- Make village engagements last for like 1-3 RL days. This means you can't win wars by just playing troop capture during the night, which is like 75% of the tactics that won me wars. An example mechanic could be like you have to blanket an area in troops for x hours. Keep the chain of territory concept, but let MULTIPLE rooms get captured in one go, and make that go take significantly longer - with that single change, you've made it more about defending an area instead of ninja capping or camping troops for hours, while still leaving tactical options in how you set up legions at the entrance to the area you are capturing. It also ensures that players have lots of time - a RL day or 3 - to respond to the threat, instead of losing half your territory because you had to go to work.

    - Let cities have standing armies, and factor their maintenance into the economy system (including lowering overall costs) - if the system is re-designed from the ground up for cities to have a standing army, instead of kinda shoe-horning in cost changes like we had happen, it'd be a lot smoother. It'd also mean that losing a chunk of troops wouldn't be debilitating and would only set you back a village.

    - Toss in some sort of quest/gathering/etc mechanic to let non-comms increase potential and/or actual troop numbers and perhaps include retirement (eg a troop only stays recruited for x number of RL weeks). This makes rushing less of a big deal since there is work tied to troop generation, gives those who don't fight a way to get involved, and gives a more natural way to handle troop sizes, instead of just mechanics. The fluid army sizes means that a city with active noncomms could push a size advantage over one with just heavy PKers - it also would give citizens a "background" activity to do, similar to gathering minors. An example thing along these lines would be like, go to villages or wander your city and find NPCs to enlist. Lead them back to barracks. That's really basic and boring and easy to automate, so a more creative twist would obviously be better, but I'm just illustrating an example.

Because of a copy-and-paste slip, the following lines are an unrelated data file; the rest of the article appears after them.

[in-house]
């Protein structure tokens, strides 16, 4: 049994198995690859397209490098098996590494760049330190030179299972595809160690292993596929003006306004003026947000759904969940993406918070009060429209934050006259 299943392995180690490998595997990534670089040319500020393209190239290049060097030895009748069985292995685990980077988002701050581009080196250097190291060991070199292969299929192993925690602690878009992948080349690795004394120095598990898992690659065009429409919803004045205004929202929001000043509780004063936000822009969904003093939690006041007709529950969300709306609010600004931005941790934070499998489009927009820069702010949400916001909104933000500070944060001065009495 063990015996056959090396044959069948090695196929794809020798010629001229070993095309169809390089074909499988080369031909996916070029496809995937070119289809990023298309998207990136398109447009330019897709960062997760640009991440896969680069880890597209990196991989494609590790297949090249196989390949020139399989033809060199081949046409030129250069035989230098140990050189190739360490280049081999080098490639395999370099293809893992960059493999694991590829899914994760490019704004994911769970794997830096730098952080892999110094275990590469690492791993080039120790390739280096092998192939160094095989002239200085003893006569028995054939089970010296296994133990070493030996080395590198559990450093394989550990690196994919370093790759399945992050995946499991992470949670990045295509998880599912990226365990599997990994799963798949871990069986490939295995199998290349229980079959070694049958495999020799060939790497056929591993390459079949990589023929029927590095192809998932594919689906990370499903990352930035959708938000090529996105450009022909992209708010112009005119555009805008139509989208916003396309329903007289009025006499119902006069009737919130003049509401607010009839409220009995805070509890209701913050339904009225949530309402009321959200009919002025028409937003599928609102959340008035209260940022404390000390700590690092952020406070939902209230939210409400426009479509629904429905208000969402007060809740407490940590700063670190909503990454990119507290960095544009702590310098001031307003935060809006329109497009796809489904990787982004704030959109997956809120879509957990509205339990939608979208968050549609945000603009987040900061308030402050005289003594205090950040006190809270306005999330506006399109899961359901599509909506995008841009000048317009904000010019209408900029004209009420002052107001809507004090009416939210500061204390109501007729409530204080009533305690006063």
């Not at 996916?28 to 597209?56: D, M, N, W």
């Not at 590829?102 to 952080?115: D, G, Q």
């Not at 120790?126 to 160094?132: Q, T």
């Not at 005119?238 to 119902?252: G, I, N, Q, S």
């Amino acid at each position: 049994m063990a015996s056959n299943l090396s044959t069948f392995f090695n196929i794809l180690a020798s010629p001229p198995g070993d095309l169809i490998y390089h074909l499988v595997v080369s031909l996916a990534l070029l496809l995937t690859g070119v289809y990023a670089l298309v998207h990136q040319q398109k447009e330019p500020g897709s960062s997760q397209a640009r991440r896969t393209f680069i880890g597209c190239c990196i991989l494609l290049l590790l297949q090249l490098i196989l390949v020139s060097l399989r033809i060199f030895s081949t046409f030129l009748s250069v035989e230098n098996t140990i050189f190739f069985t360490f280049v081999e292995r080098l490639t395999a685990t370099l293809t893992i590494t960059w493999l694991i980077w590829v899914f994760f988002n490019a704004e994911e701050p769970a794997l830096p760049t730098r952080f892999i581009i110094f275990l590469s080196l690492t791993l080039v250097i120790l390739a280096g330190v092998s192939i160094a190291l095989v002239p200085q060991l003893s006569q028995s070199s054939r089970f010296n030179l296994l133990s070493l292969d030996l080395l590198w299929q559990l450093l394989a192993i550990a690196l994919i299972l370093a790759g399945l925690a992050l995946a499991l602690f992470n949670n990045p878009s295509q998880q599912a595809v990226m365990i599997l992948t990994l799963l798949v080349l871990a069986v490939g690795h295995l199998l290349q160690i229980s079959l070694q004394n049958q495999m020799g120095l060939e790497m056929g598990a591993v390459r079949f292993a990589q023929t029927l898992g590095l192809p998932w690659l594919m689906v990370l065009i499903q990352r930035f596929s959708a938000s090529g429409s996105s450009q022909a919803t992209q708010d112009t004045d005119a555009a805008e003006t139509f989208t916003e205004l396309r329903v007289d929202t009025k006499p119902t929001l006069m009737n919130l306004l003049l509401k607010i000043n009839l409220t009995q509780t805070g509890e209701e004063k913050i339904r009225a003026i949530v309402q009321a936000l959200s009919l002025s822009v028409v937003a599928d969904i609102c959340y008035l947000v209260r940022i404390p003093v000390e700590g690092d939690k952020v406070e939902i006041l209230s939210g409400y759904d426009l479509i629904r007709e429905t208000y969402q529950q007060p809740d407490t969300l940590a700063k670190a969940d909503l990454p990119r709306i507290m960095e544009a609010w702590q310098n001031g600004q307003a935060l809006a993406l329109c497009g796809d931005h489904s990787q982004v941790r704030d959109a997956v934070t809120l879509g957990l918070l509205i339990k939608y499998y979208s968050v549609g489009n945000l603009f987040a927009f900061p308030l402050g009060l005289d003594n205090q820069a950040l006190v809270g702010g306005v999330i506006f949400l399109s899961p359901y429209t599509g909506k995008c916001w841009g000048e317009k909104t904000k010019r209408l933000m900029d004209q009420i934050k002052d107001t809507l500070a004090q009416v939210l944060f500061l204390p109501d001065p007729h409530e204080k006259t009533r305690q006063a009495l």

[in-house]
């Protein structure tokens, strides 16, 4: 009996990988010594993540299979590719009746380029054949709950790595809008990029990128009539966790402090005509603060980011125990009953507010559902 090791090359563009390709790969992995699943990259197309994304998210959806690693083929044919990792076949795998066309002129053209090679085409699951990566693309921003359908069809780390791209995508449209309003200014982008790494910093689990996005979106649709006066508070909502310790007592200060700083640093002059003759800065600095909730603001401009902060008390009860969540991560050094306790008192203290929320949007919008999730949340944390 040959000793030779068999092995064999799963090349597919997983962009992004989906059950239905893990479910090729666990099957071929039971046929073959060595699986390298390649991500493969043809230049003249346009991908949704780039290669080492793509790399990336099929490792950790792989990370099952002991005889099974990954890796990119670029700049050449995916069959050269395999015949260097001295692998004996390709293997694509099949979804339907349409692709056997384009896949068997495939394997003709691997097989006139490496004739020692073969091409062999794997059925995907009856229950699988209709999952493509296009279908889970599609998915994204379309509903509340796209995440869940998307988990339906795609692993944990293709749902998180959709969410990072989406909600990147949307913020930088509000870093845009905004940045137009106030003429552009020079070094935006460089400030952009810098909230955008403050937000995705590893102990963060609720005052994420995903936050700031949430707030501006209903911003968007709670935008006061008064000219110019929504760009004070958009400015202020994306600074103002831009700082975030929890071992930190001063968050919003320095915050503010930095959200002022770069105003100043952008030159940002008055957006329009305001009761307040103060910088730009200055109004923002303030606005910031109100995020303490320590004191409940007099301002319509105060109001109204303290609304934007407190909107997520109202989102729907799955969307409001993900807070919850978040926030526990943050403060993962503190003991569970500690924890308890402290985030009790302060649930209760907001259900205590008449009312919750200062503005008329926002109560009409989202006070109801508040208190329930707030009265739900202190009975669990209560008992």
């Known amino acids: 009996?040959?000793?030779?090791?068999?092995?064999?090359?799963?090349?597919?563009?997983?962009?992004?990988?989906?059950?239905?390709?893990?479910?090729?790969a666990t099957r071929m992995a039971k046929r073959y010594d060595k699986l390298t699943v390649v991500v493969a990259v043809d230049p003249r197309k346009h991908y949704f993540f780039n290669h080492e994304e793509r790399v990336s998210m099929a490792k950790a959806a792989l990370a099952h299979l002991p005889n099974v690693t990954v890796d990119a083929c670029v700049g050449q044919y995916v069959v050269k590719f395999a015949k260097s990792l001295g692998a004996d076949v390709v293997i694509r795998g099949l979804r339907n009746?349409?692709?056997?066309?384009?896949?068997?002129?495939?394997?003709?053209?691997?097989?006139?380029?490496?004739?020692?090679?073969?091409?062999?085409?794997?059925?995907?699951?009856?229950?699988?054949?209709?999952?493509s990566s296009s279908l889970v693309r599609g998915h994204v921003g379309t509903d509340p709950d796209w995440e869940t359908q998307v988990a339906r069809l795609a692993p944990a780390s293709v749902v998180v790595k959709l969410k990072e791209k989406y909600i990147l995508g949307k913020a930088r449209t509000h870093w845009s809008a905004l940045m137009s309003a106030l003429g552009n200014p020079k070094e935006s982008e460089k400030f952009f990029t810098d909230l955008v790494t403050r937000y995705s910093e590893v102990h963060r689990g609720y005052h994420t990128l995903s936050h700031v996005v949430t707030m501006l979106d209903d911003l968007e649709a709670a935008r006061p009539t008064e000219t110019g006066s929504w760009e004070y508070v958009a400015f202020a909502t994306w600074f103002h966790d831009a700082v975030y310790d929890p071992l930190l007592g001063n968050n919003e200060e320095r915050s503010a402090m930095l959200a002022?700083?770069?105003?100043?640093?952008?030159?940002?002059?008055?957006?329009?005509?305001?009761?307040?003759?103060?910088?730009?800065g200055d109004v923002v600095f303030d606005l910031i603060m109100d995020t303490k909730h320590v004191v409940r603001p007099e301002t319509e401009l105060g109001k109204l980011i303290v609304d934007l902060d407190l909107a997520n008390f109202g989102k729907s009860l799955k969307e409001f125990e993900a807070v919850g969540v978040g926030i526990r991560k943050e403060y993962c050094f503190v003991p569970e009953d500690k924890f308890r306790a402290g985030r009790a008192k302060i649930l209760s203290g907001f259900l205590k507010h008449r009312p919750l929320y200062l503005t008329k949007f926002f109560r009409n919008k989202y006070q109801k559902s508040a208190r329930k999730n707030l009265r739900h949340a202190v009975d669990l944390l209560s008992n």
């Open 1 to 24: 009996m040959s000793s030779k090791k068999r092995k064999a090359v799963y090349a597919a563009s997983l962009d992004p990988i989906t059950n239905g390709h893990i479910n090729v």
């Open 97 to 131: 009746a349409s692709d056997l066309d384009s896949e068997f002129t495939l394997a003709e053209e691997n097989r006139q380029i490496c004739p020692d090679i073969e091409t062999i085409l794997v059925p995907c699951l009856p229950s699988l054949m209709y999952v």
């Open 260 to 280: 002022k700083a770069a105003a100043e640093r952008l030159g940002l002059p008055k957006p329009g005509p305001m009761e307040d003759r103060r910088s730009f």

- Give a small bit more RTS rock-paper-scissors to troop battles. There were ideas tossed around about this before. I'd argue against doing anything excessively complex, like different troop types or equipment or etc, and keep it simple and elegant, with a few easy to grasp modifiers: troops move at different speeds over different terrains and based on their size, troops can be ordered into defensive or offensive formation, troops have a much weaker ranged attack. With those few changes, you now have a setup where you can quick-march small units and merge them for a big strike (ideally after clearing out the defenders via PK) OR you can pepper enemy troops from range, necessitating a switch in formation and a chase from blocker legions - tada, more tactics. Do you attack with small unit sizes for a quick escape/kiting? Do you rely on a big unit for a heavy hit? It also encourages people to use terrains to enhance battle layouts, picking rooms for battles carefully, etc. These are just basic examples; my point is that small changes can give a better, more rounded experience, with room for tactics alongside PK. 

    - Maybe consider some sort of protection for marchers that the troops can give. Don't make it absolute, and have there be a cost to using it and ways to get around it, but give people a way to stymie a sheer overload of PKers group-ganking to stop marching.